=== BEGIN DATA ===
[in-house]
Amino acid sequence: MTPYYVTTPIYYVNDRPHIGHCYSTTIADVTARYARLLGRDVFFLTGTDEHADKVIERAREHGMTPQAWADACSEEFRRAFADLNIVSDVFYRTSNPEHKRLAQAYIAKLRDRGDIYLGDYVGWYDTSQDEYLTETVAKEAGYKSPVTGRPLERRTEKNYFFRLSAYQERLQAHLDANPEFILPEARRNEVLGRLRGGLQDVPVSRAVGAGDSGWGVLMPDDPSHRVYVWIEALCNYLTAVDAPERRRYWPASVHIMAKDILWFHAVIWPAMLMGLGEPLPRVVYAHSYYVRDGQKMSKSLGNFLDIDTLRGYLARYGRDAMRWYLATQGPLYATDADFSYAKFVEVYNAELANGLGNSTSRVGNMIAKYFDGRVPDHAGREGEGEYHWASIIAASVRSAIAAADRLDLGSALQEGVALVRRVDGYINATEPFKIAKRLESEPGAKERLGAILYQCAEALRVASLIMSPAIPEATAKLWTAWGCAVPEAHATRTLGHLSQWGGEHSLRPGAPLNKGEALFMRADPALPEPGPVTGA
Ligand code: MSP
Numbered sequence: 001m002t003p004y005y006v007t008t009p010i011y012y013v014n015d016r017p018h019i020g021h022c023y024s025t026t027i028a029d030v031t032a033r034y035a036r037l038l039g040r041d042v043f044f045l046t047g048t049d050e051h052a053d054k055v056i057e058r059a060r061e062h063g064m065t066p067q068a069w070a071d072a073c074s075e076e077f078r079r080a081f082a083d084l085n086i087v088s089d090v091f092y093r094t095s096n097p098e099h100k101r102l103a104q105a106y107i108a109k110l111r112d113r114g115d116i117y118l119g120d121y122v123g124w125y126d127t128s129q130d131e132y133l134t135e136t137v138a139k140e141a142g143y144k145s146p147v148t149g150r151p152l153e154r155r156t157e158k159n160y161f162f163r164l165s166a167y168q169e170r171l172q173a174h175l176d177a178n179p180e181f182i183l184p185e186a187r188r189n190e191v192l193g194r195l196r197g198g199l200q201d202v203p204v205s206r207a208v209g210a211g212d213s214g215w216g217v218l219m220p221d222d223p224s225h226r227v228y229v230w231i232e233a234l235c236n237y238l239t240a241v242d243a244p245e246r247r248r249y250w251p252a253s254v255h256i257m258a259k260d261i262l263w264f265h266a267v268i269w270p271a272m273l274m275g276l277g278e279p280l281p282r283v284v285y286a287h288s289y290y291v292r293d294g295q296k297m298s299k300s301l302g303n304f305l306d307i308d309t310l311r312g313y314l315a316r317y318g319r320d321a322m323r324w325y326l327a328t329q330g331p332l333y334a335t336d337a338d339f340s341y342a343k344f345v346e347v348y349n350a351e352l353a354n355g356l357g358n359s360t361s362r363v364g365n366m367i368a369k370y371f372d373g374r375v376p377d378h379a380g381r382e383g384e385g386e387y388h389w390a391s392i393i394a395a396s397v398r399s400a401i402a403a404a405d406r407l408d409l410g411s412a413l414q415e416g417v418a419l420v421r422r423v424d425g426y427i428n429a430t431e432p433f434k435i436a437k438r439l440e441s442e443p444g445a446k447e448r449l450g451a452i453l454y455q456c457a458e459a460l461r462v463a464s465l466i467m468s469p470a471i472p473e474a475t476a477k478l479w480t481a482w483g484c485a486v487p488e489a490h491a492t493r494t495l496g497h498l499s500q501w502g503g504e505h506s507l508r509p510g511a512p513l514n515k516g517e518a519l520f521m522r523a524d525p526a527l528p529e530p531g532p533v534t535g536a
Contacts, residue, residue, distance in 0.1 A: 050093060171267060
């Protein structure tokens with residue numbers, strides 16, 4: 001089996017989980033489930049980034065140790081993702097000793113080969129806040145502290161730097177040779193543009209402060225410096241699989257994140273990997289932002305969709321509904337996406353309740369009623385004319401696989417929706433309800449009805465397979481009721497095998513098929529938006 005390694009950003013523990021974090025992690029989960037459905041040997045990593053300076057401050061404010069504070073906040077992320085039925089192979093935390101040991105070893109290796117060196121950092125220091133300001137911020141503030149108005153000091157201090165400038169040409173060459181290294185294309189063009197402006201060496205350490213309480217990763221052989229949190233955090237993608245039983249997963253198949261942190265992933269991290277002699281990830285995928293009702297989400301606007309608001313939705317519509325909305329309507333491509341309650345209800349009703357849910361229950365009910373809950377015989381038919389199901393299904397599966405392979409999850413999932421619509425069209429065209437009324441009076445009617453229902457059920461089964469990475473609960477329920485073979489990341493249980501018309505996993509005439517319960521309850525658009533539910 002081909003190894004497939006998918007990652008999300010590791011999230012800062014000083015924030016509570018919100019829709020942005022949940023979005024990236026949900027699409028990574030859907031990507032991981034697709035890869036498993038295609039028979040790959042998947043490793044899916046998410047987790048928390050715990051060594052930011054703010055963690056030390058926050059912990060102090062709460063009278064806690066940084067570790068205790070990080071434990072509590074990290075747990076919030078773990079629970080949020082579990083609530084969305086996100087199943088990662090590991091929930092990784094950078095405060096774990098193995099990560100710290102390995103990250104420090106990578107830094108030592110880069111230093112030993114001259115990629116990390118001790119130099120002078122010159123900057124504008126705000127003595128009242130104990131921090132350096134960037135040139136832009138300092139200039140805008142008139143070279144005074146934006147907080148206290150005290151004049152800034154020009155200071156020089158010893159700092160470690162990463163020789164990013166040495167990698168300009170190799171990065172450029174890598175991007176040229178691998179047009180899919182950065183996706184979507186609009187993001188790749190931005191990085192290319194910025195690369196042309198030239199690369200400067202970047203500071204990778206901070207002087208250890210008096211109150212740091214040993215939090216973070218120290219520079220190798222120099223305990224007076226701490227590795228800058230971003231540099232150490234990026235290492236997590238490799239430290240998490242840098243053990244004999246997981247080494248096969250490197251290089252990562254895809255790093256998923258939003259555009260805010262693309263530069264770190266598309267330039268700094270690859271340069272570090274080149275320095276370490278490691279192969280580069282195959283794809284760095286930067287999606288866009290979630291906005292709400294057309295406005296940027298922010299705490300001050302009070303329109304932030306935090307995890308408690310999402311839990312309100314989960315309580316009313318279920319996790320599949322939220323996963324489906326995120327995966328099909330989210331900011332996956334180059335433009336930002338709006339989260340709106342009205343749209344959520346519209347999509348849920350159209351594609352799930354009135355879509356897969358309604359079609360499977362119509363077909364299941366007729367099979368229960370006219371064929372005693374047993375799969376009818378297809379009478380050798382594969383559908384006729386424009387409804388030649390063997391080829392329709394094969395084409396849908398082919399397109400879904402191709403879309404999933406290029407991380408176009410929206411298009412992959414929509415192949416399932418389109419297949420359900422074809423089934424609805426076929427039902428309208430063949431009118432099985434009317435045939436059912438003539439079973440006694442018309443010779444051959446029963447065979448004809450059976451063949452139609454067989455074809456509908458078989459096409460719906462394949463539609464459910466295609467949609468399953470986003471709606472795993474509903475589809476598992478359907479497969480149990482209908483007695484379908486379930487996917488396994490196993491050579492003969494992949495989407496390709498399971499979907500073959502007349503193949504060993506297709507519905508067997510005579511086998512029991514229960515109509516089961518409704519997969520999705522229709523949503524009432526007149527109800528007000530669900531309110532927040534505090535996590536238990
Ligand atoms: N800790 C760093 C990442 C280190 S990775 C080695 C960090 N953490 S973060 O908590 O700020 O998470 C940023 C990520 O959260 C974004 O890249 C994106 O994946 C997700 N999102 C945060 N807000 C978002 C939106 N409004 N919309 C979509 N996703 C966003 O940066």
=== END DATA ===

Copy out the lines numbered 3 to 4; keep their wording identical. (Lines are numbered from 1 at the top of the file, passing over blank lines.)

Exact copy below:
Ligand code: MSP
Numbered sequence: 001m002t003p004y005y006v007t008t009p010i011y012y013v014n015d016r017p018h019i020g021h022c023y024s025t026t027i028a029d030v031t032a033r034y035a036r037l038l039g040r041d042v043f044f045l046t047g048t049d050e051h052a053d054k055v056i057e058r059a060r061e062h063g064m065t066p067q068a069w070a071d072a073c074s075e076e077f078r079r080a081f082a083d084l085n086i087v088s089d090v091f092y093r094t095s096n097p098e099h100k101r102l103a104q105a106y107i108a109k110l111r112d113r114g115d116i117y118l119g120d121y122v123g124w125y126d127t128s129q130d131e132y133l134t135e136t137v138a139k140e141a142g143y144k145s146p147v148t149g150r151p152l153e154r155r156t157e158k159n160y161f162f163r164l165s166a167y168q169e170r171l172q173a174h175l176d177a178n179p180e181f182i183l184p185e186a187r188r189n190e191v192l193g194r195l196r197g198g199l200q201d202v203p204v205s206r207a208v209g210a211g212d213s214g215w216g217v218l219m220p221d222d223p224s225h226r227v228y229v230w231i232e233a234l235c236n237y238l239t240a241v242d243a244p245e246r247r248r249y250w251p252a253s254v255h256i257m258a259k260d261i262l263w264f265h266a267v268i269w270p271a272m273l274m275g276l277g278e279p280l281p282r283v284v285y286a287h288s289y290y291v292r293d294g295q296k297m298s299k300s301l302g303n304f305l306d307i308d309t310l311r312g313y314l315a316r317y318g319r320d321a322m323r324w325y326l327a328t329q330g331p332l333y334a335t336d337a338d339f340s341y342a343k344f345v346e347v348y349n350a351e352l353a354n355g356l357g358n359s360t361s362r363v364g365n366m367i368a369k370y371f372d373g374r375v376p377d378h379a380g381r382e383g384e385g386e387y388h389w390a391s392i393i394a395a396s397v398r399s400a401i402a403a404a405d406r407l408d409l410g411s412a413l414q415e416g417v418a419l420v421r422r423v424d425g426y427i428n429a430t431e432p433f434k435i436a437k438r439l440e441s442e443p444g445a446k447e448r449l450g451a452i453l454y455q456c457a458e459a460l461r462v463a464s465l466i467m468s469p470a471i472p473e474a475t476a477k478l479w480t481a482w483g484c485a486v487p488e489a490h491a492t493r494t495l496g497h498l499s500q501w502g503g504e505h506s507l508r509p510g511a512p513l514n515k516g517e518a519l520f521m522r523a524d525p526a527l528p529e530p531g532p533v534t535g536a